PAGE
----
AN INSIDER’S GUIDE TO MUSTIQUE
The local catchphrase is “What happens in Mustique, stays in Mustique” but we wanted to give you the inside scoop on the private island’s most interesting quirks to pique your interest for this secluded Caribbean paradise…
The island keeps things local with its own fleet of 18-seater Twin Otter aircrafts which run daily connections from Saint Lucia. The swift 30-minute flight provides guests with stunning views of the Grenadine archipelago when you’re flying 3500-feet above the ocean with everything in perfect view.
During high season, additional connecting flights are also available from Barbados. Adding to their impressive level of hospitality, they’ll coordinate charter flights as close to international arrival times as possible to make sure you get maximum time on the island.
The most common mode of transport once you’ve landed are small buggies known as mules which can be hired for exploring. The roads are all very narrow and uneven with a lot of dirt roads which adds to the authentic island experience.
Choose from Cotton House hotel or the island’s portfolio of private villas complete with on- site staff. Hummingbird is a highlight—a three-floor contemporary villa with six spacious en- suite bedrooms, a guest cottage and plenty of social space. Alternatively, live like royalty at Princess Margaret’s former holiday home, Les Jolies Eaux.
The Cotton House
You won’t need to spend hours researching and booking restaurants as there’s a small but accommodating range of options. As they say, too many cooks spoil the broth anyway. From the thirst-quenching smoothies at the Ice Cream Parlour to the sophisticated a la carte menu at The Veranda Restaurant, you’ll find something for every occasion.
For casual dining, the Beach Café situated on Endeavour Bay, 10-feet away from the beach and Cotton House jetty. The bar and cafe have a laid-back atmosphere with beautiful ocean scenery, perfect for long leisurely lunches under the shade of the palm trees. Tuck into fresh local seafood and don’t miss the BBQ every Saturday, which coaxes residents from the privacy of their villas.
In the evening, head to Basil’s landmark bar. Sunday is the most unmissable night of the week, with live sunset jazz that gets people on their feet dancing. After you’ve worked up an appetite, grab a table to dine on freshly grilled lobster or handmade pizzas.
For the ultimate off-piste experience, head to Lagoon Beach for a bespoke picnic prepared by a chef from your villa or hotel. There’s a number of picnic huts so you can catch some shade from the midday sun, while volleyball nets are set up nearby. All the huts are located 20-feet away from the ocean and depending on the hut you are visiting, only five minutes away from Gelliceux which was best known for Princess Margaret’s beach.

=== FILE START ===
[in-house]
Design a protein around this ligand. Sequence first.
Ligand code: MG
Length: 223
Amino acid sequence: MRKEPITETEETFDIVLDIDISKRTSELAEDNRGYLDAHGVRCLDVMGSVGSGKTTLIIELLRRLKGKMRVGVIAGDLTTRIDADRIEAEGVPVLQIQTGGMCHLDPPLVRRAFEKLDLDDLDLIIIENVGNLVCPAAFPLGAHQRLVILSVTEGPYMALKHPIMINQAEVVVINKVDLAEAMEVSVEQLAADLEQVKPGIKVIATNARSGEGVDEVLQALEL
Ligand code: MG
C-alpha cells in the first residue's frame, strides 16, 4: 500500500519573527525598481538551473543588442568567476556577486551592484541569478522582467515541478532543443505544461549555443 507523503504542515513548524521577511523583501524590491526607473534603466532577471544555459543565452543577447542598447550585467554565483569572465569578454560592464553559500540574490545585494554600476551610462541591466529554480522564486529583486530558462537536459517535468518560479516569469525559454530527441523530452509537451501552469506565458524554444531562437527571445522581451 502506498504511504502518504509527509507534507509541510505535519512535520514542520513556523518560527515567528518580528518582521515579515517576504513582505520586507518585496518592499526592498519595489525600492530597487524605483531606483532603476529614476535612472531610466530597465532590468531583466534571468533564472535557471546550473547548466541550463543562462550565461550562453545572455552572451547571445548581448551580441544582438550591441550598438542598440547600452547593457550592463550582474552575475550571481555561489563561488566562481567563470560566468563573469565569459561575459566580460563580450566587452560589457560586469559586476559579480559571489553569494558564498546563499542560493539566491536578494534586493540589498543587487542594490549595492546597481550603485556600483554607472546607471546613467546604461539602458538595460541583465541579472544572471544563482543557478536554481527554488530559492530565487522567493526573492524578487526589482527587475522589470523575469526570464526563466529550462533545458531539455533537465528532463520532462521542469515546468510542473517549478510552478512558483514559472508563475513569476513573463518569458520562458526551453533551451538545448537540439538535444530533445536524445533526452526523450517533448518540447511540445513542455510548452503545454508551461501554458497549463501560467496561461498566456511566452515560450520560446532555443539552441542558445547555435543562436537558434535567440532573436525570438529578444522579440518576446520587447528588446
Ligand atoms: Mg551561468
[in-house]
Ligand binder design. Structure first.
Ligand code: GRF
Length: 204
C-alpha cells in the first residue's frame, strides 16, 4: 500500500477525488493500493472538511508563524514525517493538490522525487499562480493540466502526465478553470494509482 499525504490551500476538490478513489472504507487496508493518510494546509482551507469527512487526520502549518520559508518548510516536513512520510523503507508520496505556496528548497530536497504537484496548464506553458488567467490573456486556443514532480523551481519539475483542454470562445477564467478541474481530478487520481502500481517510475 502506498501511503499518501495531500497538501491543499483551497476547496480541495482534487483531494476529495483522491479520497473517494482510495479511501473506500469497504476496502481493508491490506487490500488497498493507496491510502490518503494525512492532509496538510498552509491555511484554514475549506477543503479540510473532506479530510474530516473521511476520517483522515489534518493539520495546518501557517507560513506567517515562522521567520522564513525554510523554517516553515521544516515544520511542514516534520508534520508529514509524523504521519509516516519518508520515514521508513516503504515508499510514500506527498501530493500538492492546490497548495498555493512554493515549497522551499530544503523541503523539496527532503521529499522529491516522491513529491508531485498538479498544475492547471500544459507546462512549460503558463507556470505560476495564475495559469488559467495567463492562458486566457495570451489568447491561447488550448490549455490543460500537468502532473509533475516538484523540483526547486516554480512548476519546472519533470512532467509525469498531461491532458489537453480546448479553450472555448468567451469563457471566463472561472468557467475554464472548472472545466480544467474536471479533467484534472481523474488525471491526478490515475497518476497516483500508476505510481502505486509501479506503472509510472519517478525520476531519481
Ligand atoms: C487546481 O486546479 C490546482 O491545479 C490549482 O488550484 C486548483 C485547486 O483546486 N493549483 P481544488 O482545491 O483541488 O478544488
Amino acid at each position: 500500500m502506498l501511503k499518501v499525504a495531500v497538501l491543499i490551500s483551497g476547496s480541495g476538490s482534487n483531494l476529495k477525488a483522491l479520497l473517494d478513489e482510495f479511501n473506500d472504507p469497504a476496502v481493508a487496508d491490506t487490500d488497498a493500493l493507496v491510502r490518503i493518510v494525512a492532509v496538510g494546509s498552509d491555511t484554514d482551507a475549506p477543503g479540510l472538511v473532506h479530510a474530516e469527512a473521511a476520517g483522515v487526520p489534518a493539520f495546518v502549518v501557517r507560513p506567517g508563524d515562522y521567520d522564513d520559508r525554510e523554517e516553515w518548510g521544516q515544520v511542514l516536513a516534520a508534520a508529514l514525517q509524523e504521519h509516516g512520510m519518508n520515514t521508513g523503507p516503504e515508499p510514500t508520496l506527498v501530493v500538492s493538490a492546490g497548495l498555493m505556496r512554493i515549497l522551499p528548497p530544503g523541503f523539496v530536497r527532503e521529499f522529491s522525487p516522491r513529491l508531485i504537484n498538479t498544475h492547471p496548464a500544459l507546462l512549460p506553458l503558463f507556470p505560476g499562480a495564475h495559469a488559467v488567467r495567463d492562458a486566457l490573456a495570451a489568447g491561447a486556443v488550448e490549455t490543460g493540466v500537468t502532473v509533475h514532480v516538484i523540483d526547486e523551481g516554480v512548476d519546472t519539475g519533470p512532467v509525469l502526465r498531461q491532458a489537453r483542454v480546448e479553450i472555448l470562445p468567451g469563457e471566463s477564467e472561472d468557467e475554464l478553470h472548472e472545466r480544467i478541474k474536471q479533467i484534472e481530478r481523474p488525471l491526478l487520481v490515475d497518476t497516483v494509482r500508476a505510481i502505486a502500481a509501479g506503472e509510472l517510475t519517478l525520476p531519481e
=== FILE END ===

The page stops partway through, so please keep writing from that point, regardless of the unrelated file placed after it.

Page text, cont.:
The island trades in US dollars and Eastern Caribbean dollars. There are no cash machines on the island so make sure you bring enough with you, but should you need any extra, visit the ‘human cash machine’ Beverly Fields who has worked at Mustique’s on-site office for 37 years and keeps a limited supply.
Environment and sustainability
Driving around Mustique is nothing like driving around a normal town. You’ll find yourself stopping for the island’s ubiquitous tortoises crossing the road more than you will for pedestrians. Early morning and early afternoon are the best times to see them as they tend to hide away in the evenings.
Such is the respect the residents have for these animals, amongst other species, that they have a specially formed Environmental Programme and Committee to protect the Mustique Conservation Area. Lobster fishing is restricted to preserve their numbers, turtle hatchlings are nurtured and plastic usage is kept to a minimum.
Many people who live in the residential areas of Mustique and the surrounding islands of Saint Vincent and The Grenadines are either employed by the company, or a member of their family is. Not only does this ensure that local economy remains central to the island’s history, but it also maintains the welcoming sense of community. The Mustique Company also have an office on Saint Vincent which employs 75 people, meaning any issues while you’re there are resolved efficiently within the same time zone.
Jeanette Cadet, Mustique ambassador, is originally from Saint Vincent but has resided on the island for the last 36 years. She features on one of our exclusive shorts, Bulldog Mustique Mystique, in an image shot by the acclaimed photographer Slim Aarons and remembers the day the photograph was taken very vividly.
Slim Aarons photograph featuring Jeanette Cadet in the yellow dress